Since we’re just starting to build better saving habits, I won’t include your daily dose of caffeine on the list… for now.
In today’s fast-paced world, we easily fall into the trap of instant gratification. We’ve all been there – whether it’s spontaneous mall trips or a scroll through TikTok shops, we find ourselves swiping credit cards, paychecks, and allowances with alarming speed. At this point, we’re living the same story: we don’t even stop to think through our purchases, and we don’t consider the consequences. Before realizing the damage, our bank balance is ‘below minimum,’ and Kuya Delivery is already knocking on our front door.
Now, let’s make something clear. Buying ~ this and that ~ after a hellish week at school or a hectic stretch at work is well-deserved, but it’s time for a reality check. Unless you make six figures or live off generational wealth, we’re adults who can’t afford another purchase from a content creator’s yellow basket. If you’re all about crushing those #TravelGoals, creating that emergency fund, and adult things, it’s important to establish a healthier relationship with your finances. For starters, here are a few things that you should stop buying.
It’s the Same Shade!
As a beauty girlie, I’m most guilty about purchasing the same shades of makeup products. The worst part is I’m not the only one with this problem. Sure, we finally found the palette and scheme that works—which is great, BTW—and that’s why we keep gravitating towards the same reds, pinks, and browns. Then again, what we’re doing is cutting down those beauty buys.
Let’s consider the time it takes to finish that bottle of liquid blush. By then, what will you do with the extras? This unhealthy habit results in a cluttered vanity and a stash of unused products—aka wasted money and makeup.
As a teenager, ‘you don’t need new clothes‘ was a hard piece of advice I can’t seem to follow. Now that I find myself working in a professional setting, it’s even harder to stop spending on outfits, a trending top, and a pair of chunky shoes. With every purchase, I’m starting to feel like Rebecca Bloomwood from Confessions of a Shopaholic—without the consequences, yet.
Given that I take the phrase ‘passion for fashion‘ literally, here’s some advice: you don’t need to stop shopping for clothes. We know, it’s ironic for the story, but it works by setting proper rules. Only purchase new things with the money you’ll earn from selling pre-loved pieces. There’s Carousell, Facebook Marketplace, and Instagram. Imagine decluttering with a new dress coming your way. It’s a win-win.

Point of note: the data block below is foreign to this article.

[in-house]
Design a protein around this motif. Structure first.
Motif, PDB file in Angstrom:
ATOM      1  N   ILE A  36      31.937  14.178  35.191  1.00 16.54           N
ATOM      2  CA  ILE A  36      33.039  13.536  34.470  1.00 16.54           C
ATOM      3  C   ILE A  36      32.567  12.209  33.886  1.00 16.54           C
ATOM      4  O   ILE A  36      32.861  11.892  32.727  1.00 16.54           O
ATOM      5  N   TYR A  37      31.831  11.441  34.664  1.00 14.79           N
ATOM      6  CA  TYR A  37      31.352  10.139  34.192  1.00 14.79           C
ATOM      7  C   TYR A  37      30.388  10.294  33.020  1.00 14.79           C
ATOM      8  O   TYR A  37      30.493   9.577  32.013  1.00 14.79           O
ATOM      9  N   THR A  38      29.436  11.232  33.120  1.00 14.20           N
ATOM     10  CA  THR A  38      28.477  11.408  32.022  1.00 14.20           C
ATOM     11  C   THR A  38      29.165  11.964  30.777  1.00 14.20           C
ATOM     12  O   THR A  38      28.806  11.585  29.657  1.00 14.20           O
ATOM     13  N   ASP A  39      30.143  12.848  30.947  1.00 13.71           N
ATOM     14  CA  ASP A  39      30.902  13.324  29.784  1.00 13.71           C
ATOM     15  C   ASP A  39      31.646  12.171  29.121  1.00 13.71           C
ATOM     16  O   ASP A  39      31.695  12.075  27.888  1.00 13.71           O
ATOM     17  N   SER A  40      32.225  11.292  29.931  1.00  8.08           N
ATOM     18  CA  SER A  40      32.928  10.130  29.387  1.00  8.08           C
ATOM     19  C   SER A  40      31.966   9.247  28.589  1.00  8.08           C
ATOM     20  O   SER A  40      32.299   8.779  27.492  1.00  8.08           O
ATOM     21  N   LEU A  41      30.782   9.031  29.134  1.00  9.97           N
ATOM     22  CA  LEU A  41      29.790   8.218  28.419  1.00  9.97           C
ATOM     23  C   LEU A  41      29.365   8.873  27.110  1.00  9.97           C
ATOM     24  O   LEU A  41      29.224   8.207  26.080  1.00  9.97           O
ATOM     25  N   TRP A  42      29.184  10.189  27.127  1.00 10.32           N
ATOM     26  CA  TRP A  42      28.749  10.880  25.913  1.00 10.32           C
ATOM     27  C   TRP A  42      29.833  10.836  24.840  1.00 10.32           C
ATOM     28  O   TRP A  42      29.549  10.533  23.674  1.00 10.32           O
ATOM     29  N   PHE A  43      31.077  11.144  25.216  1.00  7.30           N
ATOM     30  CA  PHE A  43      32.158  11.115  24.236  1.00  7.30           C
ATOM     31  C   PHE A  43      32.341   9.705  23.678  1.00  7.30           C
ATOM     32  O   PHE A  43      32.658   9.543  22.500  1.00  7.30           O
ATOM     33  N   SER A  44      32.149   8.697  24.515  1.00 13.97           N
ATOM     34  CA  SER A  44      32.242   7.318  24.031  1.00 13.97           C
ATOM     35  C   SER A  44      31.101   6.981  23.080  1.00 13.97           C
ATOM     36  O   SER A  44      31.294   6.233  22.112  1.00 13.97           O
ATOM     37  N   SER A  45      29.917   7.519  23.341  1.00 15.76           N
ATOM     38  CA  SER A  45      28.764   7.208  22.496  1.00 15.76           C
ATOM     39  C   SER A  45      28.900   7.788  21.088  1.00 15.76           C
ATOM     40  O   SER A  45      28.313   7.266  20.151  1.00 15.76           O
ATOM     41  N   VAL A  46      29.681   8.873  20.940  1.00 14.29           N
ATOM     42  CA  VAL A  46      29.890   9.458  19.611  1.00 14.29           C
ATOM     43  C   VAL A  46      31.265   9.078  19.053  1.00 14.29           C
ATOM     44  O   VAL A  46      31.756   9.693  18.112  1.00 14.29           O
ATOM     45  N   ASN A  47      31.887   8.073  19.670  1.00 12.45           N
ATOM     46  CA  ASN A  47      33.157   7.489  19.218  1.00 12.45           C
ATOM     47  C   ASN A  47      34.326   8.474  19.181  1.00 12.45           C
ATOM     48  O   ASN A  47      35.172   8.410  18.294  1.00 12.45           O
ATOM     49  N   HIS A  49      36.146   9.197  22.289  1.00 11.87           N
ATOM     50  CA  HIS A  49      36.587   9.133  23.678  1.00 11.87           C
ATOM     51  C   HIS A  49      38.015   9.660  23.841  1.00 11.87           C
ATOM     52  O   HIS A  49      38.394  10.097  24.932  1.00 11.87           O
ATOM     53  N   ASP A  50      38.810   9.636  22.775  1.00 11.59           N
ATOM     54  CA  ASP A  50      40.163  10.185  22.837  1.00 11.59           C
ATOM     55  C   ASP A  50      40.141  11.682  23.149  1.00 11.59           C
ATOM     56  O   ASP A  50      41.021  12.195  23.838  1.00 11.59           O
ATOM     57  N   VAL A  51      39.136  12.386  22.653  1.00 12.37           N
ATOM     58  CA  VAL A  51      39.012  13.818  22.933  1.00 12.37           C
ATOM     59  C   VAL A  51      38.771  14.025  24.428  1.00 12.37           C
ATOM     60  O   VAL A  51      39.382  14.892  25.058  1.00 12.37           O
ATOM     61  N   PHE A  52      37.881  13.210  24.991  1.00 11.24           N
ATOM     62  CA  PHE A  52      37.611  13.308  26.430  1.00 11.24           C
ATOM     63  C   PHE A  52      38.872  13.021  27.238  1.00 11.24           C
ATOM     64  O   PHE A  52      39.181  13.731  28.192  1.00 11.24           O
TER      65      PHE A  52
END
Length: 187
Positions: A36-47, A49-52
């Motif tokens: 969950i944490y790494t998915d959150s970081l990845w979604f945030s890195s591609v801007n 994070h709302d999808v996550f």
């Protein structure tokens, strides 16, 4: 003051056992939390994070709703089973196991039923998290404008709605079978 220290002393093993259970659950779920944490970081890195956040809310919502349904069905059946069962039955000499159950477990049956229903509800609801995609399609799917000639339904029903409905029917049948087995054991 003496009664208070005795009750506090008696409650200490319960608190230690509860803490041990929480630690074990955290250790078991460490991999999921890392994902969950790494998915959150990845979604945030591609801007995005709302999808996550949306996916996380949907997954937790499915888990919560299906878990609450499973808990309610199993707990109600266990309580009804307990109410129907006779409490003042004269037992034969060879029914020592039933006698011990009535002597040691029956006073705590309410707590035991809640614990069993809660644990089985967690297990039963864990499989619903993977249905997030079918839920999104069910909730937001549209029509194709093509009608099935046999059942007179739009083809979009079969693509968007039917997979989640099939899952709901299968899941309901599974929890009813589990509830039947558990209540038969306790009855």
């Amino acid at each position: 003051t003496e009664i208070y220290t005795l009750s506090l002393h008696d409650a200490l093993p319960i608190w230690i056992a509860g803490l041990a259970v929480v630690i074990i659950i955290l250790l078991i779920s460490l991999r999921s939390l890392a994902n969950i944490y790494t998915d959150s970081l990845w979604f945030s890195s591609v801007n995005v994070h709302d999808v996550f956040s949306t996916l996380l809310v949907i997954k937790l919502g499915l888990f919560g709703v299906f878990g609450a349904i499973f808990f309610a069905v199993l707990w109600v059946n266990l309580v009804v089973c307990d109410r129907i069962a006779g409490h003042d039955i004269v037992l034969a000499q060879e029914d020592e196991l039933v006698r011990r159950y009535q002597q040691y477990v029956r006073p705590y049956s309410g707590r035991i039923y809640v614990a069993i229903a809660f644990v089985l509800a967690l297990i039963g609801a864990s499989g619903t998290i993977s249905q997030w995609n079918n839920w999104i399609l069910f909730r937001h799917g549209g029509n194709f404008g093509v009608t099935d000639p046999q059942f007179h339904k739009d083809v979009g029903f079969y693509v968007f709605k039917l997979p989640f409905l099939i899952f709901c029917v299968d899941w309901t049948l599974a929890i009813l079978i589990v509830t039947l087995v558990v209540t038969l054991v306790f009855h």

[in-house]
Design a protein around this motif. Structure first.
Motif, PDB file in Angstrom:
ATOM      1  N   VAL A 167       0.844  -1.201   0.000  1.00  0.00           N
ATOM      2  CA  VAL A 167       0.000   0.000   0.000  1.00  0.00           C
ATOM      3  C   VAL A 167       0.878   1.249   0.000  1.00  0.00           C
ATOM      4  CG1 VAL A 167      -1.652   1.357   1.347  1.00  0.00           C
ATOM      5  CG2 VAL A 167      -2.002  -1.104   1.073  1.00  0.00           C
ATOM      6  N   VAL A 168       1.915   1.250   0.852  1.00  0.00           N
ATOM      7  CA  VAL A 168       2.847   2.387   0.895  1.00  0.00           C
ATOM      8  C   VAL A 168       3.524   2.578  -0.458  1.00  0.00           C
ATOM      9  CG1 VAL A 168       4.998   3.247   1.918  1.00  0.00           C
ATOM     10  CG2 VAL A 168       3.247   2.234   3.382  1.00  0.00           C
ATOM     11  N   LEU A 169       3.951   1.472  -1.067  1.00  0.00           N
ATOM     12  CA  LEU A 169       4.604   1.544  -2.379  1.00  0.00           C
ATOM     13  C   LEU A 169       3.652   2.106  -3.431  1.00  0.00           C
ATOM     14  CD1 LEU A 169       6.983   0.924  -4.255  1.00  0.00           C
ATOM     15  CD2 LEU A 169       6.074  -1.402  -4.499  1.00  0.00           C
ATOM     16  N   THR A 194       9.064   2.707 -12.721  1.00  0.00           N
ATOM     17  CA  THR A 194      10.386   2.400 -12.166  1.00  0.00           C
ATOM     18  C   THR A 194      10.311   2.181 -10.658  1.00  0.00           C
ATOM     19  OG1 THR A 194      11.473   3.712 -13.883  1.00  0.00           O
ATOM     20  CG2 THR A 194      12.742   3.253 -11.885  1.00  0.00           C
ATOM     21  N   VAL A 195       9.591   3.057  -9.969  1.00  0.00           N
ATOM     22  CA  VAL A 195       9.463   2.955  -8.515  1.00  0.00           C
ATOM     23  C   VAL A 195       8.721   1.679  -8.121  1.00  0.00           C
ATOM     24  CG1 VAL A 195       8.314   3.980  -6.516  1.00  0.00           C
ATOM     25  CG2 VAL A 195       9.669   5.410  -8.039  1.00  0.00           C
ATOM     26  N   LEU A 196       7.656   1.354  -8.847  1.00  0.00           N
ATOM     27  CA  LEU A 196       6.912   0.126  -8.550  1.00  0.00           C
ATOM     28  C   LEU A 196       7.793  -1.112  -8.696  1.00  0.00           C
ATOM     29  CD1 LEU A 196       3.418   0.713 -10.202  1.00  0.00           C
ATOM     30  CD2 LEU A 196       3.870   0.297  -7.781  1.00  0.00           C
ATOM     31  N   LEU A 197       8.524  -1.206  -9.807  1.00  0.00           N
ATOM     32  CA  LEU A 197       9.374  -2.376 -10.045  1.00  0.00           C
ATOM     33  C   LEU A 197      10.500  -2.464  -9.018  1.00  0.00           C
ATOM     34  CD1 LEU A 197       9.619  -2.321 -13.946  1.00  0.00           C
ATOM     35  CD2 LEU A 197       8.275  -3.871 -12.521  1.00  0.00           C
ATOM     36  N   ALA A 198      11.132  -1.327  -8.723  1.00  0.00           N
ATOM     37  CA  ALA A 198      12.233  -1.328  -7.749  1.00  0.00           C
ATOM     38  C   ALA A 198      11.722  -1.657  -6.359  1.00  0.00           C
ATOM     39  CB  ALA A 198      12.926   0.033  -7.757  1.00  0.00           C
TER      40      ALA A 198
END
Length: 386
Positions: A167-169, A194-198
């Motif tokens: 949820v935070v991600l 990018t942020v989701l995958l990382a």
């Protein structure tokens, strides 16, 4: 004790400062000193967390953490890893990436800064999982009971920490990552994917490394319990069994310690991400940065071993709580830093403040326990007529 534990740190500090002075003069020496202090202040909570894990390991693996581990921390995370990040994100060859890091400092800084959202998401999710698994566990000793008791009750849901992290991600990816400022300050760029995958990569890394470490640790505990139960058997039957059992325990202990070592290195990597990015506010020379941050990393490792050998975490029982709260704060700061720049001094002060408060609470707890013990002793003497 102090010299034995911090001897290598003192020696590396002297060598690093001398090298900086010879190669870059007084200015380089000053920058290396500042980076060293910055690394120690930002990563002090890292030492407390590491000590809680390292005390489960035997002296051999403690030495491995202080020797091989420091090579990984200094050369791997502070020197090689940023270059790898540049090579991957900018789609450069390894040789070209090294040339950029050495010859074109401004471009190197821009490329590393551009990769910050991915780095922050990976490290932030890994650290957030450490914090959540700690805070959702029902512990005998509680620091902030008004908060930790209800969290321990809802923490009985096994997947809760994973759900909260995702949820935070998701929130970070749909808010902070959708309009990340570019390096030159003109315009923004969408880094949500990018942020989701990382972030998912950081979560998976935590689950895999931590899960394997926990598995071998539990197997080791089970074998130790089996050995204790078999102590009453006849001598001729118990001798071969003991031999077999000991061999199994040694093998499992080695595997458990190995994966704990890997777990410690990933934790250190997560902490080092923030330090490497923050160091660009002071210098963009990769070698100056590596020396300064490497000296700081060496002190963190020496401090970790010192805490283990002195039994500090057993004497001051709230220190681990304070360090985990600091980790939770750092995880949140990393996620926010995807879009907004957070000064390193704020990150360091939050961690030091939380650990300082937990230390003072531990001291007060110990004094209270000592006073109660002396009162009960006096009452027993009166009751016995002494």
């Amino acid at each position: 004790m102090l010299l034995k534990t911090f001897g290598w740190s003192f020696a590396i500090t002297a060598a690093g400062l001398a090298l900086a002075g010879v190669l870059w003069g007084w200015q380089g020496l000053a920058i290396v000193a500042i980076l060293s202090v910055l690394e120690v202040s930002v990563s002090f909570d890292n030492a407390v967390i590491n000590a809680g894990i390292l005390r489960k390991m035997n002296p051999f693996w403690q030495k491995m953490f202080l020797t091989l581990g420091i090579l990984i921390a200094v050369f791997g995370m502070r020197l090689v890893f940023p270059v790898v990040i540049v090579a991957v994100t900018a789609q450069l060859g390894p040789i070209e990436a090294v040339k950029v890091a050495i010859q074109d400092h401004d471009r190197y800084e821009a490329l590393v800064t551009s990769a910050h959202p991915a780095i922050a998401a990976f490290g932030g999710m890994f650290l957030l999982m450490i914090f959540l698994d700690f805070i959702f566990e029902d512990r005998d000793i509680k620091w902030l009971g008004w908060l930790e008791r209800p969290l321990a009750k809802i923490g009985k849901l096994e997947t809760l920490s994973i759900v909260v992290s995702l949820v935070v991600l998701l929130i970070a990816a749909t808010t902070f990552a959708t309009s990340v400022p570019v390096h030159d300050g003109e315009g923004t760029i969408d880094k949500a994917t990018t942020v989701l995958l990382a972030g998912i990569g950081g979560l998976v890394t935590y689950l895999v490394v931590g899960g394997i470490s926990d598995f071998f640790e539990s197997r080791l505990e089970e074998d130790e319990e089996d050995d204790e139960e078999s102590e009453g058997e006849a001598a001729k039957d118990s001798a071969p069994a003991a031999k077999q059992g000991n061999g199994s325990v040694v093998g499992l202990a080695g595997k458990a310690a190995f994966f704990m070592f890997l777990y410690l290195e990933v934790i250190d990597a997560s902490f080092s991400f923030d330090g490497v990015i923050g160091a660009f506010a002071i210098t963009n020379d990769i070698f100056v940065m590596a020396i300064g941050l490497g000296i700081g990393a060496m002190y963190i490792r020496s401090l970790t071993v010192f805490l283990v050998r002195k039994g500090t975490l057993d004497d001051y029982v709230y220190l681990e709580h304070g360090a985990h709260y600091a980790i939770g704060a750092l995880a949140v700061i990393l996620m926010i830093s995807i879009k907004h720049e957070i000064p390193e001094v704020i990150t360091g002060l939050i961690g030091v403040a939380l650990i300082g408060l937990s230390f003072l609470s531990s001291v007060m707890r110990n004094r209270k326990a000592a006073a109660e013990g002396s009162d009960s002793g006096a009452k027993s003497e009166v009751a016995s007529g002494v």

As the calendar turns toward the spooky season and the twinkling lights of Christmas, it’s time to reconsider over-the-top costumes. In recent years, the trendiest and coolest costumes have become a staple of both Halloween and holiday parties, with people competing to outshine one another with the most Instagram-worthy OOTDs. These same outfits will make an appearance only once, then be tucked away in the closet forever. That said, it’s time to embrace a more minimalistic and mindful approach for these events, with DIY costumes, re-wearing last year’s not-so-scary look, and saving yourself from unnecessary spending while keeping things sustainable.
It’s Called ‘Cheap’ Jewelry for a Reason
‘Affordable’ jewelry and accessories lack the quality and longevity of their ‘more expensive’ counterparts, which means they’re prone to tarnishing, fading, and even breaking. While that ₱299 necklace might seem like a bargain, these budget-friendly baubles can quickly turn into expensive regrets.
Don’t stress; you don’t have to invest in real-real jewelry that could potentially pay off your future home, but consider higher-quality bracelets, necklaces, and earrings that come with a heftier price tag. It’s called an investment because they are your best bet in the long run. Now, before you start doing some girl math to calculate the cost-per-wear and reach for that too-good-to-be-true purchase, remember the old adage: ‘You get what you pay for.’
Tiny Trinkets and Novelty Items
Look around your home. How much stuff have you accumulated? Now, identify which ones are actually functional. From trinkets to little novelties, you may find that you’re surrounded by objects that do nothing more than clutter your living space.
I remember that Shrek butt because I thought ‘cute, add to cart.’ Now, it’s lurking somewhere in my bathroom, contributing nothing but a non-functional touch. Like, leaving your toothpaste out in the open for the sake of showcasing a grinning green ogre isn’t the most hygienic choice. The same goes for those trendy novelty items on social media—they may look funky, but they lack any practical purpose.
Nope, Not Another Phone Case
Coming in different designs, phone cases are basically accessories. I don’t know about you, but I’ve color-coordinated outfits with the cutest cases for a picture-perfect mirror selfie. Now, you’re probably wondering why it’s included on the list. Like, what’s the harm in purchasing a ₱100 phone protection that doubles as a statement piece?
With girl math, it doesn’t seem expensive, but phone cases are far from affordable IRL. One wrong money move, and that ₱100 turns into ₱1000. That said, imagine ten things you’ll probably throw out once you upgrade to the next phone plan.
Just like phone cases—they’re cute, but you don’t need another pair of socks. After all, most people won’t look at your feet. Trust me, they won’t even notice whether your socks have detailed designs or holes.
Spontaneous Fast Food Deliveries
Food deliveries are justifiable when you’re tired, far from a joint, or can’t cook, but those spontaneous scrolls through Grab Food and Food Panda can lead to unnecessary purchases. That overpriced fast food with an additional shipping fee could be spent on something else entirely. If we’re doing the math, getting up, grabbing a pan, and cooking a homemade meal can make you ₱350 richer.